Las Vegas Sun

May 22, 2024

Sparks fly as Sen. Rosen grills USPS chief on Reno mail plans

Reno Postal Facility

Special to the Sun

The U.S. Postal Service wants to repurpose the Reno Processing and Distribution Center into a local processing center. The conversion is projected to save the Postal Service up to $4.2 million annually but would mean mail destined for Northern Nevada addresses would first go through a USPS processing and distribution center in Sacramento, Calif.

Democratic U.S. Sen. Jacky Rosen lambasted Postmaster General Louis DeJoy and the U.S. Postal Service in a Senate committee hearing Tuesday over what Nevada’s junior senator called their misguided proposal to downsize and relocate mail processing operations from Reno to Sacramento, Calif.

DeJoy, appointed to the position during the Trump administration, was at the Capitol to testify before the Senate’s Homeland Security and Governmental Affairs Committee. There, Rosen peppered him with a series of questions and comments highly critical of the Postal Service’s plans, its lack of transparency and the negative effects to turn the Reno Processing and Distribution Center into a local processing center, which would necessitate diverting mail that now would be destined for the Reno center to a Postal Service facility in Sacramento, then returned to Reno for delivery.

The effect of the proposal, first announced in February, would spur unnecessary delays for postal customers in Northern Nevada, including elderly Nevadans and veterans who depend on the mail for delivery of prescription medicines and Social Security benefits, among other documents and packages.

“Under your proposal, if one of my constituents in Reno were to mail a birthday card to her mother who lives on the other side of town, the letter’s gonna be driven 130 miles over to Sacramento, California, and then sent 130 miles back to Nevada to reach its final destination,” Rosen told DeJoy.

The 260-mile round trip, Rosen said, can be a challenge for travel even without trying to achieve the Postal Service’s unmet standard of two days of receiving and delivering mail in the Reno area.

“I point this out because in order to take local mail from Reno to Sacramento and back to Reno, as you propose, your trucks will need to go through the Donner Pass. I hope you’re familiar with that. It’s on I-80. It’s the only way to get through Reno to Sacramento, which is subject to some of the most extreme weather conditions in the contiguous United States with over 33 feet of snow annually, 100 mile per hour winds, and treacherous conditions during wildfire season,” she said.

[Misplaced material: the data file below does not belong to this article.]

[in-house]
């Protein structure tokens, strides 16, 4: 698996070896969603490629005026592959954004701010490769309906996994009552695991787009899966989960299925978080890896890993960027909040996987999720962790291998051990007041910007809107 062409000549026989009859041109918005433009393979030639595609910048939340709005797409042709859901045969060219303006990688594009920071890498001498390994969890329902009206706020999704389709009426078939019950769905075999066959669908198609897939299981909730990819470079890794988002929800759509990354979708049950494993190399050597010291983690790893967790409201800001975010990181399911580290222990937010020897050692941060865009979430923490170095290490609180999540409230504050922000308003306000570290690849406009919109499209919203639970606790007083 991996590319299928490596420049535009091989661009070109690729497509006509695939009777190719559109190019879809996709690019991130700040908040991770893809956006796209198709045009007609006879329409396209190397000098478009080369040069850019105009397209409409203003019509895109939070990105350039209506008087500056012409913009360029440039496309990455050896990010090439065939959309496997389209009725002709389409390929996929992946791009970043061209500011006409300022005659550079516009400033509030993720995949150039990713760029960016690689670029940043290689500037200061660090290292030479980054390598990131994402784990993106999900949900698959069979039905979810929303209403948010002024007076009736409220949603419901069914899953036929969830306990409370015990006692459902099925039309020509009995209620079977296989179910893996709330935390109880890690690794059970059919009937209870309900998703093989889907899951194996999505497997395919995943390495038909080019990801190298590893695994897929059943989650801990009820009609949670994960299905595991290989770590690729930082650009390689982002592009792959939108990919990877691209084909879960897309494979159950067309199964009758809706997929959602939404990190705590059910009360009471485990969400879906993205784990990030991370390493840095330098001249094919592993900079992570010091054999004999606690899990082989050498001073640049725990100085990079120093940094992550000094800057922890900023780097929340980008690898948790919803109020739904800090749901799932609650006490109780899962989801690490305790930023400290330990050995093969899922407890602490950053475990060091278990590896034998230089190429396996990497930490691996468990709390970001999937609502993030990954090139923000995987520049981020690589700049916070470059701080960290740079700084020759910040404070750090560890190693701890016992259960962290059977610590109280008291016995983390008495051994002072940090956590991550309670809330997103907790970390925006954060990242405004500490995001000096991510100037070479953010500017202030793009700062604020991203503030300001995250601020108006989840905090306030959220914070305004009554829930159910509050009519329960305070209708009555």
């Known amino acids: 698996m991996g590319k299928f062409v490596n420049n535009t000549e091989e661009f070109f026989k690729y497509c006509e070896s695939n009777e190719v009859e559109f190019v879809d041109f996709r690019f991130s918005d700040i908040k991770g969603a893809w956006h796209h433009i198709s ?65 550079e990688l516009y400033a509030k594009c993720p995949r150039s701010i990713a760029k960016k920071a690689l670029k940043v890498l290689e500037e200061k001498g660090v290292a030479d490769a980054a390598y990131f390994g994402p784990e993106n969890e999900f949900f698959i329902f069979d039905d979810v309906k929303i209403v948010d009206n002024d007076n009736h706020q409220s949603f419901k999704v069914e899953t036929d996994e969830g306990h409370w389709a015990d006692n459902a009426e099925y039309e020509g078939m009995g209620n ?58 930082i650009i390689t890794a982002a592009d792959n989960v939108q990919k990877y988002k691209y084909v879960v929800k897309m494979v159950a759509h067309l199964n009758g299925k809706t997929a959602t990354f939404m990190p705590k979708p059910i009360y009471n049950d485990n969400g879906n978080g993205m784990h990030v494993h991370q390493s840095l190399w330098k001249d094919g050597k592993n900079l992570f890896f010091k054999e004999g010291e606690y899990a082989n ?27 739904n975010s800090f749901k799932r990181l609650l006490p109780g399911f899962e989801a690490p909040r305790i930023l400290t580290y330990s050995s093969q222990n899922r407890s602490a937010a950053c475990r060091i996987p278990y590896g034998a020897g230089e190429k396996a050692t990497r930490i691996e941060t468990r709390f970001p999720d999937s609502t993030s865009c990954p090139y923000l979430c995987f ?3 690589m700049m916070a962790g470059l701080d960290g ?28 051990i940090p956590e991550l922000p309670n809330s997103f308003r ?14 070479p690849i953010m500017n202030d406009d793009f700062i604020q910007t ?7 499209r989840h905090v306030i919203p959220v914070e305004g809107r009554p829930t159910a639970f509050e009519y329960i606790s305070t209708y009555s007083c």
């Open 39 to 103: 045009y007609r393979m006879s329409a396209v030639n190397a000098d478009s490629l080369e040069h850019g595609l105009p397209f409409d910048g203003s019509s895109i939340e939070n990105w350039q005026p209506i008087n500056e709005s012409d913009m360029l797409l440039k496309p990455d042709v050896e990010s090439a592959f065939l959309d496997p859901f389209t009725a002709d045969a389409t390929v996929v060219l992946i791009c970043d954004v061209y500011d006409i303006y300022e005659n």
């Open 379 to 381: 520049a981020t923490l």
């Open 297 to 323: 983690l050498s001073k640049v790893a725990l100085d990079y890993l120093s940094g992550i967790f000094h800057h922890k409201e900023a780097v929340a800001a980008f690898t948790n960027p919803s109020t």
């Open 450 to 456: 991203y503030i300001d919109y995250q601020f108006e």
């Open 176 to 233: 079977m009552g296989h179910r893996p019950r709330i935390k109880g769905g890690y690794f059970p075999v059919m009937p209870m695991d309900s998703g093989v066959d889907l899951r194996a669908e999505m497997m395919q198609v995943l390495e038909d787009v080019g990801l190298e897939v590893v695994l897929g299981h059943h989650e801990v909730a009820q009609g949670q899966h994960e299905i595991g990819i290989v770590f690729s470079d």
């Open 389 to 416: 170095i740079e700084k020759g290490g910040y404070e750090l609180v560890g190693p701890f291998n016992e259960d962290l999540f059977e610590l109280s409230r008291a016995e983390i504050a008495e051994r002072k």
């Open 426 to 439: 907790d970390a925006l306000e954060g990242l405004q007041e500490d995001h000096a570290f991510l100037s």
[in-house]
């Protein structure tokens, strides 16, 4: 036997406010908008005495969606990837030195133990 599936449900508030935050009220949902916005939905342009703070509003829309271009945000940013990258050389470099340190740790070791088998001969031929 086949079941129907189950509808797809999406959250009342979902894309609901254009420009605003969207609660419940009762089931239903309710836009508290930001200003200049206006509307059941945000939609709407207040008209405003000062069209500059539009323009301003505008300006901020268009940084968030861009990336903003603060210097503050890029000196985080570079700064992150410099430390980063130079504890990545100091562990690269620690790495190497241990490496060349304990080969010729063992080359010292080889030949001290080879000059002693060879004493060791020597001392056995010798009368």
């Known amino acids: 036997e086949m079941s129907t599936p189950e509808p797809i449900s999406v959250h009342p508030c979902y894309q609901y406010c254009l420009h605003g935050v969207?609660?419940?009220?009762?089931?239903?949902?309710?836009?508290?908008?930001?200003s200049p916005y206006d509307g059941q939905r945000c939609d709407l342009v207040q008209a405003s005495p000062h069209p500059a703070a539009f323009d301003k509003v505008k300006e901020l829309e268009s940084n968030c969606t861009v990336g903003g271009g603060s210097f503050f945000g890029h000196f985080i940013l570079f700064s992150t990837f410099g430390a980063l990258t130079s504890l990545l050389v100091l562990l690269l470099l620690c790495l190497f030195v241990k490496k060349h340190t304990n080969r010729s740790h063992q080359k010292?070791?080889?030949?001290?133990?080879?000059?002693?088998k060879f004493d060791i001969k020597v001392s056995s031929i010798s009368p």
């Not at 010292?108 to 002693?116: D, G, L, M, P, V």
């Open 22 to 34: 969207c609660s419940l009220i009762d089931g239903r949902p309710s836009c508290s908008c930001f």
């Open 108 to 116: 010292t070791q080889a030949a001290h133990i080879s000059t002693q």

Rosen then asked DeJoy if he knew how many days a year the Donner Pass was closed by extreme weather conditions.

“Why would I know that,” responded DeJoy, who has resisted several calls to resign but can only be removed by the nine-member U.S. Postal Service Board of Governors.

“Well, you’re the postmaster general, and you’re saying that you’re going to go over this,” Rosen said. “So, let me tell you. There were 15 road closures for over 37 days of closures just last winter alone. ‘

Had he collected data on the potential impact on mail service of those closings, Rosen pressed. “Yes. Within the organization,” DeJoy answered.

Rosen then asked for the data, pointing out that entreaties from her office and the offices of fellow Nevadans, Democratic Sen. Catherine Cortez Masto and Republican Rep. Mark Amodei, to the Postal Service for data related to the Reno center had gone unanswered.

“Your staff has continued to assert that your plan won’t undermine delivery standards for Nevada, but they haven’t been able to explain how this is possible or provide me (with) any of the data you’ve collected,” Rosen said. “… Your team, they came and met with us, but they have not engaged with stakeholders in Nevada. I have talked to every one of our city councils. They have yet to receive data. And Senator Cortez Masto, myself, and Congressman Amodei didn’t receive it either.”

When Rosen asked DeJoy whether the Postal Service had studied the effects the proposed move would have on Nevada seniors and veterans, he answered that all “delivery points” were treated the same.

Rosen continued pressing DeJoy, specifically about the effect on mail service to the state’s 225,000 military veterans.

The postmaster general reiterated that it should not have an impact “if a veteran lives at a delivery point in Nevada,” mispronouncing the state’s name ‘Ne-vah-da.”

That brought a correction from Rosen, “It’s Nevada, sir. Please say it correctly. It’s Nevada. (Ne-vad-uh).”

DeJoy continued, “If a veteran lives at a delivery point, our intention is to give them their mail in a timely service.”

“You’re not meeting it now,” Rosen said, “and you have not (provided) us the data of what you made this assessment on. I hope to see that as quickly as possible.”

Last month, Rosen and Cortez Masto joined a group of more than 20 senators in a letter urging DeJoy to stop any changes or relocations to Postal Service processing facilities that would result in job losses and further degrade mail delivery performance, especially in rural states.